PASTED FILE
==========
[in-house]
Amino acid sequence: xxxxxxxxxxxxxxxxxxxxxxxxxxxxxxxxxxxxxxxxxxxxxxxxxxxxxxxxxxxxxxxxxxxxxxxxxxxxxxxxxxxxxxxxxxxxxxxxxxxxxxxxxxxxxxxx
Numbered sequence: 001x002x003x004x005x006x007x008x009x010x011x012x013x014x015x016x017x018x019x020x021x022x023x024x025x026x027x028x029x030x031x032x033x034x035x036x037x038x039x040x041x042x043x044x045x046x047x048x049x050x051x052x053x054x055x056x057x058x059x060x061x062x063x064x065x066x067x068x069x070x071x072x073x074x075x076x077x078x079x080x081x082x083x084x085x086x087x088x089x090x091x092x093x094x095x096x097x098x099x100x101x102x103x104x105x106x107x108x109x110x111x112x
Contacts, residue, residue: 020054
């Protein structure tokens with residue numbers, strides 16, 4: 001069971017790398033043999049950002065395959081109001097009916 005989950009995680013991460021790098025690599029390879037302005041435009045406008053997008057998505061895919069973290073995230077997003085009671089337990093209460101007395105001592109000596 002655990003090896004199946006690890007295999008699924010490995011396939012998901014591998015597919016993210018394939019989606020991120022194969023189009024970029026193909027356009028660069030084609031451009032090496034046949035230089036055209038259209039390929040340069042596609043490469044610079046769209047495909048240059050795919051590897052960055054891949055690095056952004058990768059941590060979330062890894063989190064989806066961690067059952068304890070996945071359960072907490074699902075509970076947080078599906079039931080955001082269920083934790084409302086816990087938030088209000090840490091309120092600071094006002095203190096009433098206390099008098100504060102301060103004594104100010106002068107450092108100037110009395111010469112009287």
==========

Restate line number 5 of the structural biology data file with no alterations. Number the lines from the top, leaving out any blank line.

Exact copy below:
């Protein structure tokens with residue numbers, strides 16, 4: 001069971017790398033043999049950002065395959081109001097009916 005989950009995680013991460021790098025690599029390879037302005041435009045406008053997008057998505061895919069973290073995230077997003085009671089337990093209460101007395105001592109000596 002655990003090896004199946006690890007295999008699924010490995011396939012998901014591998015597919016993210018394939019989606020991120022194969023189009024970029026193909027356009028660069030084609031451009032090496034046949035230089036055209038259209039390929040340069042596609043490469044610079046769209047495909048240059050795919051590897052960055054891949055690095056952004058990768059941590060979330062890894063989190064989806066961690067059952068304890070996945071359960072907490074699902075509970076947080078599906079039931080955001082269920083934790084409302086816990087938030088209000090840490091309120092600071094006002095203190096009433098206390099008098100504060102301060103004594104100010106002068107450092108100037110009395111010469112009287």